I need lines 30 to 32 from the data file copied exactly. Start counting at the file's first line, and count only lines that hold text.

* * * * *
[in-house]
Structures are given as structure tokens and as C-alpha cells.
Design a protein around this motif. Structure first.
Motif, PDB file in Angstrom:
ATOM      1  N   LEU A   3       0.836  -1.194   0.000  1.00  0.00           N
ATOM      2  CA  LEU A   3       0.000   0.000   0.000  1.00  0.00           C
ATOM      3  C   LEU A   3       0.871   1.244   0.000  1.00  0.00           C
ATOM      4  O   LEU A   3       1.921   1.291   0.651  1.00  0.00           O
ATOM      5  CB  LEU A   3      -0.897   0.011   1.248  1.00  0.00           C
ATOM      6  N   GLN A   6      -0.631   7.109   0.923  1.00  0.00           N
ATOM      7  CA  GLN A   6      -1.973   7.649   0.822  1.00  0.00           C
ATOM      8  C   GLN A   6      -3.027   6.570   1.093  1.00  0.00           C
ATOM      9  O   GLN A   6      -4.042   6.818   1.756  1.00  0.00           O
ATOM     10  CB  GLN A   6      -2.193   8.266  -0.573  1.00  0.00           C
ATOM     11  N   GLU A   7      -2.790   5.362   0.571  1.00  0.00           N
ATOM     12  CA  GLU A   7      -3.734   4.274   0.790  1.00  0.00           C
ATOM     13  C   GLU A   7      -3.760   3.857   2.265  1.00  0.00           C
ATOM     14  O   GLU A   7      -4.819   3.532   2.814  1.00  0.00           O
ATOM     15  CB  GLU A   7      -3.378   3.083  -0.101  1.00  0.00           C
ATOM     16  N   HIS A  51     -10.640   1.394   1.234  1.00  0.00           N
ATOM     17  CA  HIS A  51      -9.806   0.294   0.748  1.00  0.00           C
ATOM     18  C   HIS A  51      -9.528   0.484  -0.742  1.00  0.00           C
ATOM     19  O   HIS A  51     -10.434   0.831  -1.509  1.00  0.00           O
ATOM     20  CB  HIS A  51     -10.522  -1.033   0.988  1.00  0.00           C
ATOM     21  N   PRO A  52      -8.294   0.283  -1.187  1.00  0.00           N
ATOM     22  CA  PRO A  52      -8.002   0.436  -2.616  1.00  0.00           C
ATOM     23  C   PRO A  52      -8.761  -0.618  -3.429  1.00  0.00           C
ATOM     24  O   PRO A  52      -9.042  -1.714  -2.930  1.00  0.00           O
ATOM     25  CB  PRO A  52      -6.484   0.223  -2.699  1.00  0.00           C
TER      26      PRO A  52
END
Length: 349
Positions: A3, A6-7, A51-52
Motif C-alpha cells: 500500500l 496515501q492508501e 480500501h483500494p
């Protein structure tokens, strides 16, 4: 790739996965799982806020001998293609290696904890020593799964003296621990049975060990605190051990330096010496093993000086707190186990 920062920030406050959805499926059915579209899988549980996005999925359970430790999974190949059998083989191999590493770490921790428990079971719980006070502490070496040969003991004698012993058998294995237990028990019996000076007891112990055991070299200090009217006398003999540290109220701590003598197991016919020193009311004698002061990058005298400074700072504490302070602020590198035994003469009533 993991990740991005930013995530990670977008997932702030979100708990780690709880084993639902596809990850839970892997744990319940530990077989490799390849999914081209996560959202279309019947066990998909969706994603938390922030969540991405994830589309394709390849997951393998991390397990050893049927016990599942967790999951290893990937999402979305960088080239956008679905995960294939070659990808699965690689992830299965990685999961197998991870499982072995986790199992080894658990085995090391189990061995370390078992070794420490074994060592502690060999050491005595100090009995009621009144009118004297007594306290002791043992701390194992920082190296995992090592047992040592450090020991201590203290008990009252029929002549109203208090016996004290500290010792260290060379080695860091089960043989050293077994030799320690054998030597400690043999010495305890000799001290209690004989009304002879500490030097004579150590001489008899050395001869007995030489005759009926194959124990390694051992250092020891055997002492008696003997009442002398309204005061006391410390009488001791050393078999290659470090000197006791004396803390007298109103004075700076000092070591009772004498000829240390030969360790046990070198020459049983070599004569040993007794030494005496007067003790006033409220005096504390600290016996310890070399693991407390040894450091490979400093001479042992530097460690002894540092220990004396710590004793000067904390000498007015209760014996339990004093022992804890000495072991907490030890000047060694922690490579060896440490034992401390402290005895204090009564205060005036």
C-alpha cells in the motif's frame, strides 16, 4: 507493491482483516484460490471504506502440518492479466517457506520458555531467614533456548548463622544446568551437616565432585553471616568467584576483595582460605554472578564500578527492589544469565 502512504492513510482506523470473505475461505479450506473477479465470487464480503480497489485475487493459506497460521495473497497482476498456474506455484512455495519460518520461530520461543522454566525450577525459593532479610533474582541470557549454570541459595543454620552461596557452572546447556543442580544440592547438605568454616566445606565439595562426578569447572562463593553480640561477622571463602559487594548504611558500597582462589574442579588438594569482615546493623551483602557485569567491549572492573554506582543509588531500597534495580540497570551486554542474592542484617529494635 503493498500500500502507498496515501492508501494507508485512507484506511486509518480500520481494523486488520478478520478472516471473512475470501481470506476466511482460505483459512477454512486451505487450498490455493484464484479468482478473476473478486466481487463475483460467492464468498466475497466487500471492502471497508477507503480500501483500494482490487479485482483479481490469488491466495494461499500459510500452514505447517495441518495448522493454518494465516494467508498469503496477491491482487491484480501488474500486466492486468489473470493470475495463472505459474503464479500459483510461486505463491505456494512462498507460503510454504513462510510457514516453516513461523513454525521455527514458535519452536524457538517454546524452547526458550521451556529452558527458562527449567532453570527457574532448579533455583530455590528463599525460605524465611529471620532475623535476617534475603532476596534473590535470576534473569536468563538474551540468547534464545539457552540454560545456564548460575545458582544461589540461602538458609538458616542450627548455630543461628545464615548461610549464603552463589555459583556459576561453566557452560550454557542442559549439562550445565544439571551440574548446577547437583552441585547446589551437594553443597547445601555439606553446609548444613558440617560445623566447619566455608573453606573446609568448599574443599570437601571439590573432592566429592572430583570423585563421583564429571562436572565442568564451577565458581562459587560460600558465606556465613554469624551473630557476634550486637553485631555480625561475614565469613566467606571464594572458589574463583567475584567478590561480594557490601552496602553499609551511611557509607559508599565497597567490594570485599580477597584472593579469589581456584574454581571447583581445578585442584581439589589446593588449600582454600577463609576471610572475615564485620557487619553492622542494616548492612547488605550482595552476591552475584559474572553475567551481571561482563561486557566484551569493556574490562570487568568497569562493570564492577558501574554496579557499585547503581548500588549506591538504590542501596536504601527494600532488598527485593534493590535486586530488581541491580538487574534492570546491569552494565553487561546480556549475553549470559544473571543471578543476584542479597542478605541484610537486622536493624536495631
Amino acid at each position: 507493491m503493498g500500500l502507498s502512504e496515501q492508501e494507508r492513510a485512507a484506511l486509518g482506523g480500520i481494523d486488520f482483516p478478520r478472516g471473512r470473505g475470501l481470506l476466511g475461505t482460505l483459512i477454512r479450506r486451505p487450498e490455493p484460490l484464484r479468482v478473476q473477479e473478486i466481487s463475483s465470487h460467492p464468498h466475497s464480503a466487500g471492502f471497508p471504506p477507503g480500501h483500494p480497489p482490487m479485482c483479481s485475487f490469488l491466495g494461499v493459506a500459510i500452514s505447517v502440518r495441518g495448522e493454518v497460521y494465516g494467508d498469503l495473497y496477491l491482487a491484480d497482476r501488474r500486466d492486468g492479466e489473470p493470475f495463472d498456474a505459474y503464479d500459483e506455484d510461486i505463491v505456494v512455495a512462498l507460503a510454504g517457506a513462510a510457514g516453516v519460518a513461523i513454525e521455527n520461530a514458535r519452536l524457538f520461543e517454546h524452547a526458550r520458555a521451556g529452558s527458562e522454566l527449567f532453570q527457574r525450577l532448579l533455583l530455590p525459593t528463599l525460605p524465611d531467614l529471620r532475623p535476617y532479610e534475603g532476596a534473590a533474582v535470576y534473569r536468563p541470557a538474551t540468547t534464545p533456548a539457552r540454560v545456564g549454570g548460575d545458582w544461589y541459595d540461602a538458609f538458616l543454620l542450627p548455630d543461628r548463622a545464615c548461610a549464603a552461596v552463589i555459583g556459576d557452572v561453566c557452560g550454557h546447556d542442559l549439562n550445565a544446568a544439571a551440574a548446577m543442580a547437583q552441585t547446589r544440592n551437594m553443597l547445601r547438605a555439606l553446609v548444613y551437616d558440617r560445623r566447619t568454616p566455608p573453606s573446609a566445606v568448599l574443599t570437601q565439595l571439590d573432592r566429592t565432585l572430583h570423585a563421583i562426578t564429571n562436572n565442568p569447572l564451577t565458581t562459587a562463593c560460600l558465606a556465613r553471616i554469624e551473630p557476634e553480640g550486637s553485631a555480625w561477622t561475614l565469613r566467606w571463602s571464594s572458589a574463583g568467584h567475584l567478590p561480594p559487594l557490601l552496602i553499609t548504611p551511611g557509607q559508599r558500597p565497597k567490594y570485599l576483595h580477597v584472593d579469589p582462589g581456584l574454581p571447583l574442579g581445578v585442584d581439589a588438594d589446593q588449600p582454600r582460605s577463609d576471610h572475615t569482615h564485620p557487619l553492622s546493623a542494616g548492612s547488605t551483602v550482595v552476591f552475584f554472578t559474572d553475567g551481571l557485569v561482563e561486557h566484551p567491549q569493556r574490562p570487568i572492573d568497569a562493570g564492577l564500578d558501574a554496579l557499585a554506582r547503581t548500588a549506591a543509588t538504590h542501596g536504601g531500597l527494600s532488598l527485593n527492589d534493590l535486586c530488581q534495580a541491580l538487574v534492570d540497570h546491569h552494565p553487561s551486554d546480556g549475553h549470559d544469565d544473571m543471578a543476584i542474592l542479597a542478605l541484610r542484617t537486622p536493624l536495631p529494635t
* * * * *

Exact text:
TER      26      PRO A  52
END
Length: 349